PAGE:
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Billy Budd And Ivan Illych Essay

1136 words - 5 pages

Melville’s Billy Budd,Sailor and Tolstoy’s The Death of Ivan Illych are both well-known short stories. Melville’s Billy Budd comes from the era of Romanticism, while The Death of Ivan Illych comes about later on in the Realism era. There are many similarities and differences between the two short stories. We know already that one big difference is that both of the stories come from different time periods. One great thing about both of the stories is that both Billy Budd and Ivan Illych’s stories make Biblical references. Billy is seen as a Christ figure that lives a good life, while Ivan lives a life full of sin and cares more about material items rather than living for God.
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After everything Billy endured he still was able to maintain his self. When Billy lost his rights to the service, he had plenty of opportunities of jumping off deck or going crazy. Instead Billy embraces the experience and never complains.
In the story The Death of Ivan Illych, by Tolstoy, one will see positive and negative characteristics that the entire human race is guilty of. Ivan Illych in the story is very materialistic. Ivan cares deeply about what others think of him and his lifestyle. Ivan has to have the best of everything. Ivan admits in the story that the only reason he married his wife was because “she was connected, sweet, and pretty and sympathized with his views (1339).” His friends also approved of the match. Once they had children their marriage went downhill fast. We see that both Ivan and his wife are too caught up in decorating the house rather than working on their marriage. On the contrary Billy is far away from his home and family and still manages enjoying life for what it is. Billy appreciates all that God has given. Just life alone is seen to be good enough for Billy.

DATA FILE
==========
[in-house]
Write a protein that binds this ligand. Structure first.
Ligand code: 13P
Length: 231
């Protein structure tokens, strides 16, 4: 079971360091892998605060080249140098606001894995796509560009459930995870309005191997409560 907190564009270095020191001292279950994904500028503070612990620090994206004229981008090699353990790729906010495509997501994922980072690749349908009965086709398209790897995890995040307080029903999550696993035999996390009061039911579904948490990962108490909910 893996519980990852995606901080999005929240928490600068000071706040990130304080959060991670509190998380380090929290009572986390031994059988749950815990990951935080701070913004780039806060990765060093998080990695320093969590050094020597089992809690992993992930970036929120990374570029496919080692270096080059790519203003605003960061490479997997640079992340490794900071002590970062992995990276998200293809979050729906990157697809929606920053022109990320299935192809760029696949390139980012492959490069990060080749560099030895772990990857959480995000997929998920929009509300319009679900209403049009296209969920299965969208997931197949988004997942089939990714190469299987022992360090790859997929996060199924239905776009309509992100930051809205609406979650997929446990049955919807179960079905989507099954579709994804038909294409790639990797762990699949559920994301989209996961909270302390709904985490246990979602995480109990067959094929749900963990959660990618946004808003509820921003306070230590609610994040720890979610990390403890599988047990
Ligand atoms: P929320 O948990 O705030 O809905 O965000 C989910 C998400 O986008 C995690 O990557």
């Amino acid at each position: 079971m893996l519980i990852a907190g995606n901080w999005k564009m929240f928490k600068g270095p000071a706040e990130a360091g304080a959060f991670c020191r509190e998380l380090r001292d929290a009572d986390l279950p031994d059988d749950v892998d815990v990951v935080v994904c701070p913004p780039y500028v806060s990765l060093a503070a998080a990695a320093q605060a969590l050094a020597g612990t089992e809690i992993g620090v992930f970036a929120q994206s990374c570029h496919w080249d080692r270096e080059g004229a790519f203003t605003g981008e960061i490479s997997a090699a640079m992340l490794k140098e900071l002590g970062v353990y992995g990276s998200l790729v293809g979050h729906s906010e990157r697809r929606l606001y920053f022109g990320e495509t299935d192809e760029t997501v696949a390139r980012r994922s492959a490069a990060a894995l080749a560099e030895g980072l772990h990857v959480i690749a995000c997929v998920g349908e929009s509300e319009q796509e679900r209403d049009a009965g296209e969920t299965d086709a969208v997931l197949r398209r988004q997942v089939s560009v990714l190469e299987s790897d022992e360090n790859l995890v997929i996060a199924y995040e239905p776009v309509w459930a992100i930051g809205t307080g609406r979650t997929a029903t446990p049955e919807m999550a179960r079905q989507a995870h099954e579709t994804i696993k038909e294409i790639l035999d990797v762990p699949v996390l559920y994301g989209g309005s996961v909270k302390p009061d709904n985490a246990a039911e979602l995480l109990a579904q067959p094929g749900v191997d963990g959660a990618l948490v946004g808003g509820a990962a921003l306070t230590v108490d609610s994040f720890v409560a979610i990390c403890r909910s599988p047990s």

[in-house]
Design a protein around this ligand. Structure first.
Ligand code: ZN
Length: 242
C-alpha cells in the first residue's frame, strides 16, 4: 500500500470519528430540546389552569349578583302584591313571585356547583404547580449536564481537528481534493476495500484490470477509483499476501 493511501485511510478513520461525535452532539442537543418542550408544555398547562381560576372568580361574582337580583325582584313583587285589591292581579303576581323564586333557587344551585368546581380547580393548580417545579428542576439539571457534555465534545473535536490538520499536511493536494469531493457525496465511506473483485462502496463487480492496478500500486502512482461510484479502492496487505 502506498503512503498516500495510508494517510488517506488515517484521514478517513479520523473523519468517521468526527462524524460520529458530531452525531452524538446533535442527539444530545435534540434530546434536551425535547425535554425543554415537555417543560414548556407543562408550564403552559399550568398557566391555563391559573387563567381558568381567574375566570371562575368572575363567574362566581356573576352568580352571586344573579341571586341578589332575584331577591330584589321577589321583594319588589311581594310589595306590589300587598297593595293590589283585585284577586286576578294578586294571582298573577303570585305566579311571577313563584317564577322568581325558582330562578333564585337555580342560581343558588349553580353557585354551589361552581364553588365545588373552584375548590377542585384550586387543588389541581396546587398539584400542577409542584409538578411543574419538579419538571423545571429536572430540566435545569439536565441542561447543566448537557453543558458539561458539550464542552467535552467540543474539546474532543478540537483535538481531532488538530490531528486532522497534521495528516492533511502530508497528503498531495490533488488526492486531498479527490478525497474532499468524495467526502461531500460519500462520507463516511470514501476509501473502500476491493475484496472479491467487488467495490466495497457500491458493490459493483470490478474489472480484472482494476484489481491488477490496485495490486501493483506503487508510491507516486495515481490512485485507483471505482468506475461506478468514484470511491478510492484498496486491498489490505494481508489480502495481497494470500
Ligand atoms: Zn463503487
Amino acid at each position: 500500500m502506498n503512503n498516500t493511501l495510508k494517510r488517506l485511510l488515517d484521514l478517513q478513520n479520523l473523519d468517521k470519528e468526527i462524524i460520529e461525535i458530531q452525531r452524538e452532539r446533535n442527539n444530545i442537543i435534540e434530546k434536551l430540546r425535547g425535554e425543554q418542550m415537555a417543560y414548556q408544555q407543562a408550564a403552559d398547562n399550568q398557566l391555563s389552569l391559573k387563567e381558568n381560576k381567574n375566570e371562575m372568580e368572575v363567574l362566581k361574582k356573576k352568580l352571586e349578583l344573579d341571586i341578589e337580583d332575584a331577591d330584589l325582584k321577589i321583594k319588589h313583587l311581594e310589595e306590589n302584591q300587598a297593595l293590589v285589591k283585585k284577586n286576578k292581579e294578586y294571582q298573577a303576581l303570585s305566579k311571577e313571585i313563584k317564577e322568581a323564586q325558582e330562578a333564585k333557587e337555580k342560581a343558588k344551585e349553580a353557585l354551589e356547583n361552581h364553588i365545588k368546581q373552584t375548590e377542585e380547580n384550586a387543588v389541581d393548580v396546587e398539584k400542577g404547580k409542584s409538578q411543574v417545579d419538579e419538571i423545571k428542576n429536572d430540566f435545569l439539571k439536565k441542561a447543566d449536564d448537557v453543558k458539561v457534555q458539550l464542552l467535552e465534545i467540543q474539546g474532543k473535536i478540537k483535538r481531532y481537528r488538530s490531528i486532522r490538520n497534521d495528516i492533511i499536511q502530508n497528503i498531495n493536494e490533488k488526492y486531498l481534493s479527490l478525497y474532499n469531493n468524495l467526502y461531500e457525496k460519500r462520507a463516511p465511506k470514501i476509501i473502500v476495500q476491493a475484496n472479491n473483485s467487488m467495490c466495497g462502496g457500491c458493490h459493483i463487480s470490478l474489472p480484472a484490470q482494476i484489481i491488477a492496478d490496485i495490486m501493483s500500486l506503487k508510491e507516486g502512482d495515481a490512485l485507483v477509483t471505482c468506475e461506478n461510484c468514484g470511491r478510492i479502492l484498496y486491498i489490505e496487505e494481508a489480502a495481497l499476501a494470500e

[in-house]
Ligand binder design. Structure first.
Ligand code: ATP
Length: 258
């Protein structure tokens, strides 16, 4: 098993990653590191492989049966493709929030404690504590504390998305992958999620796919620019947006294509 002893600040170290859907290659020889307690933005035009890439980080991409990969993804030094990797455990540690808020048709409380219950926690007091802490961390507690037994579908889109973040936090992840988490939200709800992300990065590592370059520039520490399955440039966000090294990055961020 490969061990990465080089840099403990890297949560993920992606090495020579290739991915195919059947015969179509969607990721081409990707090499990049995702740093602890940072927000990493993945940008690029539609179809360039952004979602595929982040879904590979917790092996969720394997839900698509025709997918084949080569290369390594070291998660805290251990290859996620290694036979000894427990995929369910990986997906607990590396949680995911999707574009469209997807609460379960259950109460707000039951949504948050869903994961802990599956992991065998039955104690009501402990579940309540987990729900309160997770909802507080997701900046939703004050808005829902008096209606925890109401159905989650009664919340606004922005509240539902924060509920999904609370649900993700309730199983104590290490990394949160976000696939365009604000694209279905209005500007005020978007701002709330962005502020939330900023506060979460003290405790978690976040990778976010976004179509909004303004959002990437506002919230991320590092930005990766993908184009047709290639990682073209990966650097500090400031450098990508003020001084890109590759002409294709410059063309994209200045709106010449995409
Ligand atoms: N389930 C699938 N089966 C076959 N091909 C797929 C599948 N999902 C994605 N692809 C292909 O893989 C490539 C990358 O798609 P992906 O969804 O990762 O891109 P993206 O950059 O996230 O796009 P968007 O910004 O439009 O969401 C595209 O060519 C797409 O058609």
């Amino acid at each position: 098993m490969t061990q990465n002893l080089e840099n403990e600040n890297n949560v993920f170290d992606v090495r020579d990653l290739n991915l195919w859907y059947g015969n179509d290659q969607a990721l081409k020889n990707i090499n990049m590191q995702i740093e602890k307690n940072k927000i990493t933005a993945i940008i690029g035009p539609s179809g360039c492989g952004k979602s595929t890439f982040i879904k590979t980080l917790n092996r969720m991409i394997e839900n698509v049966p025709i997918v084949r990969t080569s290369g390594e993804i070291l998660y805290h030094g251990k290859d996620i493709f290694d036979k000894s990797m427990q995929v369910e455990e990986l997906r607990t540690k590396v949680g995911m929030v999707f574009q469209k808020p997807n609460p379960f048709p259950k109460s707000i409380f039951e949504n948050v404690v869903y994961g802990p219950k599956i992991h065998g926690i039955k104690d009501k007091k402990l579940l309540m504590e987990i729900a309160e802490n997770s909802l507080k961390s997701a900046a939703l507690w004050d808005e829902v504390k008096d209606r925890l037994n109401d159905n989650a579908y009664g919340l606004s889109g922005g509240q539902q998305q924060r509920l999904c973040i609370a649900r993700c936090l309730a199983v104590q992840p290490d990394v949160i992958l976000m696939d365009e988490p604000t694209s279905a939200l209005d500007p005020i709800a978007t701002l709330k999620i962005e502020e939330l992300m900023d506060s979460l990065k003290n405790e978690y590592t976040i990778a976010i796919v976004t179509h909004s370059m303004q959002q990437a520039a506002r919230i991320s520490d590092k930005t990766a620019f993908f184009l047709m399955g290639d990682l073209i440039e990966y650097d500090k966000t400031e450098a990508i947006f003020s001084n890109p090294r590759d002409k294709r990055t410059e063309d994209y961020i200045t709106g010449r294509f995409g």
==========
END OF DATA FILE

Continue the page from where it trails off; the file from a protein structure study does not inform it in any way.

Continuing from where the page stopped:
In both stories Ivan and Billy Budd are seen to be well liked by their friends and peers. Ivan is seen by his friends in society to be “amusing, witty, good nature and good mannered (1338).” In Melville’s Billy Budd, Billy is constantly described as having “unpretentious good looks and a sort of genial happy-go-lucky air.” Melville consciously wants to get across to the reader the description of Billy to show one how innocent and childlike he is. Billy is seen very much as a Christ figure. Melville uses many biblical references when describing Billy’s character. Billy’s upbringing is described in the text as “little more than a sort of upright barbarian” and “one to whom not has been proffered the questionable apple of knowledge.” This description of Billy’s life shows that just like Adam and Eve he too had the choice of living a pure or evil life. Billy on Captain Vere’s ship is faced with the reality of the cruel world. Lastly, we see once more how Billy represents the Christ like figure. Right before Billy’s death Billy cries out...

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